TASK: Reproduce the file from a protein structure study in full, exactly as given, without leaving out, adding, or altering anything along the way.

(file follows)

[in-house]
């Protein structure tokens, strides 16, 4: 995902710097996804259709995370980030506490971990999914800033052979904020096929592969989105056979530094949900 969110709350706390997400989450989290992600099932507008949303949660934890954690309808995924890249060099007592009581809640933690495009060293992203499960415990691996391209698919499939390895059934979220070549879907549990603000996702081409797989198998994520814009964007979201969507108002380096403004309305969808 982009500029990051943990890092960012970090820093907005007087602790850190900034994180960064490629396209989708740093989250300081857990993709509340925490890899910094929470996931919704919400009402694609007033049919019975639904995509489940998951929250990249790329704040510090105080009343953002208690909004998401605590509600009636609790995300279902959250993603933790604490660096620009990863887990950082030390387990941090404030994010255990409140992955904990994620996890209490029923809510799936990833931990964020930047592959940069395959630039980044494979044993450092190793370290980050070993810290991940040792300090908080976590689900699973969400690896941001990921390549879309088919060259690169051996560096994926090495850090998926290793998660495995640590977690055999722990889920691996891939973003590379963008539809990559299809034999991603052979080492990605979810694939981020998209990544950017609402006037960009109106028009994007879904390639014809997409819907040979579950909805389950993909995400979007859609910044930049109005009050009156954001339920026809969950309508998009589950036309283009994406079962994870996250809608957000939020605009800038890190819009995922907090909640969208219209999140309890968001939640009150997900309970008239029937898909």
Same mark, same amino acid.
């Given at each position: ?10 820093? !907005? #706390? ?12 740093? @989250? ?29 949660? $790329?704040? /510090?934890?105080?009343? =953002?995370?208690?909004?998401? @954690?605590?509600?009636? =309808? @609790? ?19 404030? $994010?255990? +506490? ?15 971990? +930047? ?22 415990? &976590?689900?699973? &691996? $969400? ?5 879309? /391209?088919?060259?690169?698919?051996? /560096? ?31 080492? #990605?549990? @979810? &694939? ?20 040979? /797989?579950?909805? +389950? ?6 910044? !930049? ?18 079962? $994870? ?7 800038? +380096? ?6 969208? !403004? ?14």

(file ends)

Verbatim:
[in-house]
């Protein structure tokens, strides 16, 4: 995902710097996804259709995370980030506490971990999914800033052979904020096929592969989105056979530094949900 969110709350706390997400989450989290992600099932507008949303949660934890954690309808995924890249060099007592009581809640933690495009060293992203499960415990691996391209698919499939390895059934979220070549879907549990603000996702081409797989198998994520814009964007979201969507108002380096403004309305969808 982009500029990051943990890092960012970090820093907005007087602790850190900034994180960064490629396209989708740093989250300081857990993709509340925490890899910094929470996931919704919400009402694609007033049919019975639904995509489940998951929250990249790329704040510090105080009343953002208690909004998401605590509600009636609790995300279902959250993603933790604490660096620009990863887990950082030390387990941090404030994010255990409140992955904990994620996890209490029923809510799936990833931990964020930047592959940069395959630039980044494979044993450092190793370290980050070993810290991940040792300090908080976590689900699973969400690896941001990921390549879309088919060259690169051996560096994926090495850090998926290793998660495995640590977690055999722990889920691996891939973003590379963008539809990559299809034999991603052979080492990605979810694939981020998209990544950017609402006037960009109106028009994007879904390639014809997409819907040979579950909805389950993909995400979007859609910044930049109005009050009156954001339920026809969950309508998009589950036309283009994406079962994870996250809608957000939020605009800038890190819009995922907090909640969208219209999140309890968001939640009150997900309970008239029937898909």
Same mark, same amino acid.
């Given at each position: ?10 820093? !907005? #706390? ?12 740093? @989250? ?29 949660? $790329?704040? /510090?934890?105080?009343? =953002?995370?208690?909004?998401? @954690?605590?509600?009636? =309808? @609790? ?19 404030? $994010?255990? +506490? ?15 971990? +930047? ?22 415990? &976590?689900?699973? &691996? $969400? ?5 879309? /391209?088919?060259?690169?698919?051996? /560096? ?31 080492? #990605?549990? @979810? &694939? ?20 040979? /797989?579950?909805? +389950? ?6 910044? !930049? ?18 079962? $994870? ?7 800038? +380096? ?6 969208? !403004? ?14």